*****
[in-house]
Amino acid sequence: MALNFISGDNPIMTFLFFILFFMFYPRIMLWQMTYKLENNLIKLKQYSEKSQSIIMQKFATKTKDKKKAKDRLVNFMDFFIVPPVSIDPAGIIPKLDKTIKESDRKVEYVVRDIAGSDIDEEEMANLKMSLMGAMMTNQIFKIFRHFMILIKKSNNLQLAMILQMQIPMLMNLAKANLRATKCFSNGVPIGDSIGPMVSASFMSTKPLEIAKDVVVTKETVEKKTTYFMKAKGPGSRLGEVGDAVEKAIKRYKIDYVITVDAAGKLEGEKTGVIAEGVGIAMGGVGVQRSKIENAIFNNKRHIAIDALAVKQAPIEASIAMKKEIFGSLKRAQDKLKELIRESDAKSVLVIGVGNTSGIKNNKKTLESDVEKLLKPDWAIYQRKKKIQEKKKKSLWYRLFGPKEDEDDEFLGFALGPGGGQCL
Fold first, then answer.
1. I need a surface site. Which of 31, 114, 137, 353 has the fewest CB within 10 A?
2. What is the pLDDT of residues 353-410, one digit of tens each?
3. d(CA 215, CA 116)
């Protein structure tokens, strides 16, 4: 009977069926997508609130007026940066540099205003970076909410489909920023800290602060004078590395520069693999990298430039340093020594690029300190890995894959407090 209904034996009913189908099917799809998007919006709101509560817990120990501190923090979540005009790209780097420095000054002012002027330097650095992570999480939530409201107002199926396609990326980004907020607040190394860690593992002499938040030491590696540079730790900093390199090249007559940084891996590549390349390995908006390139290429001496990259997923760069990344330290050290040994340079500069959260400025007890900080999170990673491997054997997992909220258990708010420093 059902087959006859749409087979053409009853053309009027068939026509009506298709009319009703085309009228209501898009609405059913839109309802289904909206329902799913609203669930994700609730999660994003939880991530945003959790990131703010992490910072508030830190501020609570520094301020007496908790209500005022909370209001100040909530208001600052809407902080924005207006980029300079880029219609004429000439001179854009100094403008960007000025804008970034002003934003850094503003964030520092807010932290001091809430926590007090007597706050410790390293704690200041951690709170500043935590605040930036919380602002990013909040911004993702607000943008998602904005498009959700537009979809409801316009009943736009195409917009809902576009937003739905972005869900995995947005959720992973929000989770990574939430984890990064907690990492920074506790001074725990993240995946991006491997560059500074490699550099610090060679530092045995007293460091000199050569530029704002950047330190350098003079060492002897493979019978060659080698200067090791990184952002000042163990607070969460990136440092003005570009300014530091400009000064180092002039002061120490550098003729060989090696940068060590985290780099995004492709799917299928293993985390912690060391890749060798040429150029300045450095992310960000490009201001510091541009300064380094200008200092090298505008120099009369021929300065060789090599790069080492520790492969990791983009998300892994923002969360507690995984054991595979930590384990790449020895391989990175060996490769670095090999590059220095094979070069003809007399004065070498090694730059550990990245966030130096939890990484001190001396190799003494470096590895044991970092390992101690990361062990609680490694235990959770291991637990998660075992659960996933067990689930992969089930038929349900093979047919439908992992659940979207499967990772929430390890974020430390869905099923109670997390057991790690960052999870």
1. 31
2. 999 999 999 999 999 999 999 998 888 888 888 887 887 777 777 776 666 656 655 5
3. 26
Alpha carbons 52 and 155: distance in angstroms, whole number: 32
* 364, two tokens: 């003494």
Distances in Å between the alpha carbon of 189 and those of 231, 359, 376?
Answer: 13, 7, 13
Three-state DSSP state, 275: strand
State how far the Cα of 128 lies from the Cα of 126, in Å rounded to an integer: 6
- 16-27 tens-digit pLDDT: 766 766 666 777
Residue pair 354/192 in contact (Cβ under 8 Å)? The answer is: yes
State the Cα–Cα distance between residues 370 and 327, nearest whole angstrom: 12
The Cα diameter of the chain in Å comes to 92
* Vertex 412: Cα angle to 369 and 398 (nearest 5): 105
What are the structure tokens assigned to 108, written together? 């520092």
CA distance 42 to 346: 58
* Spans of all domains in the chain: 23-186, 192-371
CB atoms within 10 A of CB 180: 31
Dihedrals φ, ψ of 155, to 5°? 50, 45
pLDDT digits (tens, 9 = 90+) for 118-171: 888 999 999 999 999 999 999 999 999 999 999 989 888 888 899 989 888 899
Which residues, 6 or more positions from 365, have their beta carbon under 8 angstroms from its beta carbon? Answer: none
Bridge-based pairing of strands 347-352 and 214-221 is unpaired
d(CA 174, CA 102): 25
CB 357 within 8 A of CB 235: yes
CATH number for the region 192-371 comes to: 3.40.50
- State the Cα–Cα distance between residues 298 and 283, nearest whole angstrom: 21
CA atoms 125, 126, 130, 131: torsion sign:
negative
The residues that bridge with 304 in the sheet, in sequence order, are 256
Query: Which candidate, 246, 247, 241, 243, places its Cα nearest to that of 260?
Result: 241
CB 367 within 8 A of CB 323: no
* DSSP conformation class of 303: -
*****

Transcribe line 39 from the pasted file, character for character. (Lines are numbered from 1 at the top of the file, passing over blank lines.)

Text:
CB 367 within 8 A of CB 323: no